Author: Peri David

Henderson County Democrats care about HEALTH CARE ! (Read on…)

OUR SELF INFLICTED HEALTH CARE EMERGENCY.
Hendersonville, NC.

Concerns about limited access to affordable health insurance have led Democratic presidential candidates to consider options for universal healthcare. And for good reason: the U.S. is the only developed nation that does not offer its citizens universal healthcare. While our exorbitantly expensive delivery system fails to deliver consistently outstanding healthcare, decades of experience show that universal healthcare actually lowers cost and improves national health, economic growth and child development. Expanding Medicaid could serve as a bridge to universal care, but North Carolina and 13 other states continue to reject the experience of other states – including many Republican-led states – by rejecting expansion.1

WORSE IN THE SOUTH 4, 6

The Affordable Care Act (ACA or “Obamacare”) extended Medicaid to nearly everyone with income below 138% of the poverty line. Since the Supreme Court decision leaving Medicaid expansion to the states, 14 states including North Carolina have refused. This creates a “coverage gap” for those earning too much for Medicaid, but too little for ACA insurance subsidies or private insurance:

  • 9 of the 14 non-expansion states are in the South. Together, they account for over 90% of the coverage gap population.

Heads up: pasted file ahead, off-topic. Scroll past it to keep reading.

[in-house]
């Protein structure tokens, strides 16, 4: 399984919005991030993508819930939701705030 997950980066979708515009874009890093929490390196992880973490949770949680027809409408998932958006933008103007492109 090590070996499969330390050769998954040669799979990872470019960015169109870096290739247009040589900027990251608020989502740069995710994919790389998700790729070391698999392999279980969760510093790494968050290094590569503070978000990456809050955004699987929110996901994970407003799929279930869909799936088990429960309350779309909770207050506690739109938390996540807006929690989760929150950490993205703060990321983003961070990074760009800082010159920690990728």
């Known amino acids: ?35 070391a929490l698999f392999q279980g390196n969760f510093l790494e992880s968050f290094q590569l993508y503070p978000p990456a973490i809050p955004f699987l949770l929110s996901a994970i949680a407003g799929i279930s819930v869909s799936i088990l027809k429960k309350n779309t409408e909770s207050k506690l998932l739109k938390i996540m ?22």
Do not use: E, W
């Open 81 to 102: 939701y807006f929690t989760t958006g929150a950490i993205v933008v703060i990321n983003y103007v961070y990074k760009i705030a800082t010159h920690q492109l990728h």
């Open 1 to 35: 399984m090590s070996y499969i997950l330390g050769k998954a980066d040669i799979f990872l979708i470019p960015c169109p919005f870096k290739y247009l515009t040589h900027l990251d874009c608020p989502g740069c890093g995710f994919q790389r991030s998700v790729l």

• Southern states account for 9 of the nation’s 10 worst states ranked on “Overall Health.”
  • Roughly 600,000 North Carolinians lack health insurance due to the coverage gap. In 2019, North Carolina ranked #37 on Overall Health.

RICH NATION, POOR HEALTH 2, 3

The U.S. spends vastly more on healthcare per capita than every other developed nation, and yet we cover only a portion of our population:

Per Capita Spending – Healthcare (OECD – 2017, PPP)
#1 =   U.S. $10,209     OECD Average = $3,992

Per Capita Spending – Pharmaceuticals (OECD – 2016, PPP)
#1 = U.S. $1,208         OECD Average = $576

% Of GDP Spent on Healthcare (OECD – 2017)
#1 = U.S. – 18%           France – 11%

Despite our lavish spending, the U.S. is below average on many health measures:

Overall Health System Ranking (WHO – 2018)
#37 = U.S.                   #1 = France

Infant Mortality Rate, per 1,000 (OECD – 2017)
US = 5.7                       France – 3.5      

Life Expectancy at Birth, Total Pop. (OECD – 2015)
U.S. 78.7 years           OECD Average = 80.8 years

Responsibility for our poor national healthcare performance lies with an inefficient patchwork of public and private insurance programs that spend lavishly but ignore millions of families. While the majority of Americans have health insurance, 28 million of us lack coverage and millions more have inadequate coverage. This weak prevention and treatment system breeds chronic illness and untreated mental health and addiction disorders, wasting far too many lives with needless unemployment, personal bankruptcy and family tragedy.

THE COST OF EXPANDING MEDICAID 6

Expansion in other states shows positive results: improving the health of beneficiaries, raising investment available for hospitals and clinics, lowering premiums for private insurance and providing savings to offset the cost of Medicaid expansion. Many of these states expanded their Medicaid programs under Republican administrations:

Montana ended FY2017 with a $700K surplus.

Arkansas and Kentucky gained enough offsets in the first two years to cover expansion costs thru FY2021.

Michigan discovered that new economic activity associated with expansion created 30,000 new jobs and added $150 million to state revenue for FY 2019 – FY2021.

For North Carolina, the anticipated benefits of Medicaid expansion include:

Healthcare 9.28